Surgical ligation of the left atrial appendage (LAA) has been shown to be an effective alternative to warfarin therapy in patients with atrial fibrillation. A novel catheter-based approach for LAA ligation was evaluated for safety and effectiveness in a canine model.
A total of 26 healthy mongrel dogs underwent ligation of the LAA through a catheter-based approach. Intracardiac echocardiography and contrast fluoroscopy were used to position a marker balloon at the origin of the LAA. An over-the-wire approach was used to guide the LARIAT snare device over the LAA to enable ligation of the LAA. Sixteen dogs were euthanized acutely. The LAA was examined to assess the placement and completeness of the ligation. The remaining 10 dogs were used for long-term follow-up. The snare delivery device was able to completely capture, advance, and close the anatomic base of the LAA in all cases. In all animals, complete LAA exclusion through this closed-chest approach was achieved without complications. Chronic follow-up revealed healthy active dogs. Examination of the LAA at 7 days, 1 month, and 3 months demonstrated completely endothelialized orifice of the LAA.
Using a closed-chest approach in the canine model, the catheter-based snare delivery device achieved safe and reliable ligation of the entire LAA. The clinical application of this novel approach may provide an alternative to warfarin or to permanent device implants in patients with nonvalvular atrial fibrillation for the prevention of embolic events originating from the LAA.
"The feasibility of the mentioned Lariat non-surgical combined endocardial/epicardial suture ligation of the LAA was first demonstrated in animals by Lee et al. in 2010, 46 then in humans by Bartus et al. 47 in 2011, and subsequently evaluated in clinical routine. The device has CE mark and is approved by the FDA. "
"Initial experience in a canine model has confirmed the safety and feasibility of the LARIAT system . In the first human experience, ten patients successfully underwent LAA exclusion with the LARIAT suture, one of whom required thorascopic removal of the snare owing to pectus excavatum . "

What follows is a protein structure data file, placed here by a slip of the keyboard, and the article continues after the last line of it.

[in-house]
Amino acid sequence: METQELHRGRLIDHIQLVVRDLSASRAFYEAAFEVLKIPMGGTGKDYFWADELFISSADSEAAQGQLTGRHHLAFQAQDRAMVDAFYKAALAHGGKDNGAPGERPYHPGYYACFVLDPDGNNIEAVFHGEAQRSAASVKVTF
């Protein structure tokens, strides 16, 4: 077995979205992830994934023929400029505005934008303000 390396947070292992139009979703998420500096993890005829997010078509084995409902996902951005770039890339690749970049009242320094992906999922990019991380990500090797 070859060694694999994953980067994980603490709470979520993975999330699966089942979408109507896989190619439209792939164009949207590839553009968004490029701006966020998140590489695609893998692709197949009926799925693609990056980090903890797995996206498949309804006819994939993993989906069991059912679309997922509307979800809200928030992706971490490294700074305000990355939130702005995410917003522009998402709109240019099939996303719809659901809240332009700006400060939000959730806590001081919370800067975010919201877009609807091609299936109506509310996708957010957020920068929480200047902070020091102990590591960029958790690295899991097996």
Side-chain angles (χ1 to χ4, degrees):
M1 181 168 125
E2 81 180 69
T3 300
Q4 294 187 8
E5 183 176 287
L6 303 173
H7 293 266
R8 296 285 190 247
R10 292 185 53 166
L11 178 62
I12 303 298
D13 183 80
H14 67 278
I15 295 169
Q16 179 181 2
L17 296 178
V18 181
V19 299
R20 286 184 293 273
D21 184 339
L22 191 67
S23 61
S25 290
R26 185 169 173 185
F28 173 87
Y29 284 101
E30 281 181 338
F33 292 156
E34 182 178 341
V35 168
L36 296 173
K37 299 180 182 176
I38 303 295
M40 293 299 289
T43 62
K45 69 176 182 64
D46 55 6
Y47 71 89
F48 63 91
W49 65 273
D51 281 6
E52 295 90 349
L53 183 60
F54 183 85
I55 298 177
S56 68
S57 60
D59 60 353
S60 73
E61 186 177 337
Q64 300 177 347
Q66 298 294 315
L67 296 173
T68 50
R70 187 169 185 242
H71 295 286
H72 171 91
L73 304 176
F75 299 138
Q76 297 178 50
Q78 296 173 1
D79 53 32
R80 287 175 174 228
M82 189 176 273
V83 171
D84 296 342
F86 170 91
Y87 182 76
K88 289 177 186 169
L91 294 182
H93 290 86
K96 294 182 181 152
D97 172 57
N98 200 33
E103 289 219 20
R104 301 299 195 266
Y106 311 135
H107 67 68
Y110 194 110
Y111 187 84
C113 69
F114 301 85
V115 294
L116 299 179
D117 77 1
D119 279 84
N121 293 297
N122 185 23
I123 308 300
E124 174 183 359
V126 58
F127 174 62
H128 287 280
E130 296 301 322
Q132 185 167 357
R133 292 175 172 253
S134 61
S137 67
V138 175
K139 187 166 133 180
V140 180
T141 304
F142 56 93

[Show abstract][Hide abstract] ABSTRACT: The public health burden of atrial fibrillation (AF) and associated thromboembolic stroke continues to grow at alarming rates. AF leads to a fivefold increase in the risk of stroke. Therefore, stroke prevention remains the most critical aspect of AF management. Current standard of care focuses on oral systemic anticoagulation, most commonly with warfarin and now with newer agents such as dabigatran, rivaroxaban, and apixaban. However, the challenges and limitations of oral anticoagulation have been well documented. Given the critical role of the left atrial appendage (LAA) in the genesis of AF-related thromboembolism, recent efforts have targeted removal or occlusion of the LAA as an alternative strategy for stroke prevention, particularly in patients deemed unsuitable for oral anticoagulation. This paper highlights recent advances in mechanical exclusion of the LAA. The problem of AF and stroke is briefly summarized, followed by an explanation for the rationale behind LAA exclusion for stroke prevention. After briefly reviewing the history of LAA exclusion, we highlight the most promising LAA exclusion devices currently available. Finally, we discuss future challenges and opportunities in this growing field.
Cardiology Research and Practice 10/2012; 2012(1):610827. DOI:10.1155/2012/610827
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